According to the TASS news agency, about 100 people from various far-right nationalist groups participated in a celebration of the military division’s 77th anniversary.
In response to the march, the country’s second largest parliamentary grouping ‘Opposition Platform – For Life’ asked for a “tough reaction” against the Nazis, and demanded that the organizations who arranged the event be banned.
The party also noted what it deemed to be hypocrisy on the part of President Volodymyr Zelensky’s government, explaining that the authorities are blocking the traditional WWII Victory Day parade marking the Soviet victory over Adolf Hitler’s Germany.
Kiev officials claim this is due to COVID-19 restrictions, but they did not apply the same rules to Wednesday’s radical march.
Created in Lvov in 1943, SS Galicia was made up predominantly of Ukrainian volunteers who wanted to take up arms for Nazi Germany against the Soviet Union, and mainly fought against local partisans.
The unit was almost wiped out in the 1944 Battle of Lvov–Sandomierz, and later saw action in Slovakia and Austria. In 1945, it rebranded as the Ukrainian National Army and lasted until the end of the war in May that year.
The SS itself was the military branch of Hitler’s Nazi Party, and was primarily responsible for planning the Holocaust. The organization is banned under the laws of Ukraine.
On Wednesday evening, supporters of SS Galicia met in the center of Kiev on Arsenalnaya Square, and walked for half an hour to Maidan Nezalezhnosti, the city’s Independence Square.
At the end of the march, the Nazis hung a banner on a bridge, depicting soldiers in Nazi uniform. Local police blocked off the road to facilitate the celebration.
“We are the force that will rule this country,” one of the participants said, according to Ukrainian publication Strana. “We are the force that will wage war on its own territory. We are the force that will fight in Moscow. We are proud and remember the deeds of the SS division Galicia.”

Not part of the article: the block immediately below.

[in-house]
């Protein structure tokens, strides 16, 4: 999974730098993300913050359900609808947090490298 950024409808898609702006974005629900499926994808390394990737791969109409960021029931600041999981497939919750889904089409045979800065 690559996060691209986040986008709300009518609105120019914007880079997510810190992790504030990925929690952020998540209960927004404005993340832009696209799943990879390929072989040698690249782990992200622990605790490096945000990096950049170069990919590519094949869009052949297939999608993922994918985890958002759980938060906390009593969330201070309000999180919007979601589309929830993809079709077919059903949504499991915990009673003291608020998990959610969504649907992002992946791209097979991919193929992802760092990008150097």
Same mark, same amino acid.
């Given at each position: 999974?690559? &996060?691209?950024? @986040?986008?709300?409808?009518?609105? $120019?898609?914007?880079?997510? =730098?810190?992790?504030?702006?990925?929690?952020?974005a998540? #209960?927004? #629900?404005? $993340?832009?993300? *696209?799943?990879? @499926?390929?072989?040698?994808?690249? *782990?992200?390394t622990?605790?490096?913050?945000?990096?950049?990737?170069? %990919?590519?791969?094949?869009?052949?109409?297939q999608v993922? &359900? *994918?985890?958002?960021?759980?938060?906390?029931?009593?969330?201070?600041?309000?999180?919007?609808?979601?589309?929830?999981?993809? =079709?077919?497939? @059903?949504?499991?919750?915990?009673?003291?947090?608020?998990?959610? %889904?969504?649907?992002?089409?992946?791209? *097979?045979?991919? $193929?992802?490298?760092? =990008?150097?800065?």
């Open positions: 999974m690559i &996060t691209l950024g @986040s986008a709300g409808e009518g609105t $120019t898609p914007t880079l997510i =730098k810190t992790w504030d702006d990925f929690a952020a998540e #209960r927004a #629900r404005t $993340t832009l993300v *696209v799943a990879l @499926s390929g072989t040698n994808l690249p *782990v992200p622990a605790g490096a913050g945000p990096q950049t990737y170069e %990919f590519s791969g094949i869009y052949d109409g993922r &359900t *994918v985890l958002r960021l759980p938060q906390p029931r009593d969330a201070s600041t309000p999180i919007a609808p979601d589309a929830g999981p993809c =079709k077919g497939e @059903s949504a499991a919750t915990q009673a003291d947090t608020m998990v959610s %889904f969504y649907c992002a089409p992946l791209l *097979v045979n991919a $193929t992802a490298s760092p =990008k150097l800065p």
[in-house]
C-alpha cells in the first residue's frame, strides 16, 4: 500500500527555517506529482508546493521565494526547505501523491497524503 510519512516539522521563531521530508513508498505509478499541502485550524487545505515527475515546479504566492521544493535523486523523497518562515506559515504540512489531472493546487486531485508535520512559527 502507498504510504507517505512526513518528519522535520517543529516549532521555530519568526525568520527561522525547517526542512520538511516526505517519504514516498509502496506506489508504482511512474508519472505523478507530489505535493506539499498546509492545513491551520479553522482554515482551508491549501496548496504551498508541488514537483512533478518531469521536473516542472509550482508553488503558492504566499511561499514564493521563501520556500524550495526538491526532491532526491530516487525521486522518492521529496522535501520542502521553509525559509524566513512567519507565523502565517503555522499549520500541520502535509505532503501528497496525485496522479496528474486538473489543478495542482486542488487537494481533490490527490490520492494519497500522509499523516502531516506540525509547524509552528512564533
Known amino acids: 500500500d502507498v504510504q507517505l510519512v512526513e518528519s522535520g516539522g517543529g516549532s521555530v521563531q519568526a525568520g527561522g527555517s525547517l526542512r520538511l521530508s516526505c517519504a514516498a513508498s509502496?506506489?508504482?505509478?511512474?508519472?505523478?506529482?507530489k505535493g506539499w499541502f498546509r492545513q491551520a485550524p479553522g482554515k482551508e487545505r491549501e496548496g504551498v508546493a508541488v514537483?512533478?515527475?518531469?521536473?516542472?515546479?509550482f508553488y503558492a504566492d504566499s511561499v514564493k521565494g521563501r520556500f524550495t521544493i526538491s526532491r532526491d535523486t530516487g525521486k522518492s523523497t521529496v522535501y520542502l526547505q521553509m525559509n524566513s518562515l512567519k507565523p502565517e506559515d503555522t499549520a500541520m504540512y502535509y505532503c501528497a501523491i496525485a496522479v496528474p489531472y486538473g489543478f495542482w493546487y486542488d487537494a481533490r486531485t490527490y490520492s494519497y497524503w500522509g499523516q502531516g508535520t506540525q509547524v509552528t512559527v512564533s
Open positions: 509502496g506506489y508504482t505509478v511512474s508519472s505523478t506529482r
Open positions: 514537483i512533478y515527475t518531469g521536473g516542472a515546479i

The event also struck a nerve in the German Embassy in Kiev, and Ambassador Anka Feldhusen warned Ukrainian nationalists not to associate themselves with Nazi war criminals.
“Waffen SS units participated in the worst war crimes and the Holocaust during World War II. No volunteer organizations fighting and working for Ukraine today should be associated with them,” she wrote on her Twitter page on Wednesday.
In recent years, Kiev has had a difficult and controversial relationship with far right politics. Last year, the United Nations voted in favour of a resolution to combat the promotion of Nazi ideology, with Ukraine one of tonly two countries to vote against the measure.
The text called on member states to pass legislation to “eliminate all forms of racial discrimination,” and condemned the “glorification, in any form, of the Nazi movement, neo-Nazism and former members of the Waffen SS organization,” as well as “revisionism in respect to the Second World War.”
In Ukrainian civil society, far-right nationalists have significant influence. In 2019, the country’s former Prime Minister, Aleksey Goncharuk, was caught attending a concert from a prominent neo-Nazi band. Outside of elected officials, radical groups like the Right Sector have a large following.
Earlier this year, twenty-seven policemen were injured in clashes with members of the Right Sector, an anti-Moscow Ukrainian nationalist organization branded as an extremist organization in Russia, due to its adherence to Nazi ideology and symbols.
Just two countries voted against the Russian resolution on “Combating the glorification of Nazism & neo-nazism” at today’s #UNGA75.: Ukraine and the US.
Whatever about Ukraine. But America? It now hates Russia so much that it refuses to condemn Nazism just to spite Moscow? pic.twitter.com/HxNHOueYWV
— Bryan MacDonald (@27khv) December 16, 2020
Header: 14th SS Division soldiers with a PaK 38 anti-tank gun on the Eastern Front, March 1944. Wikipedia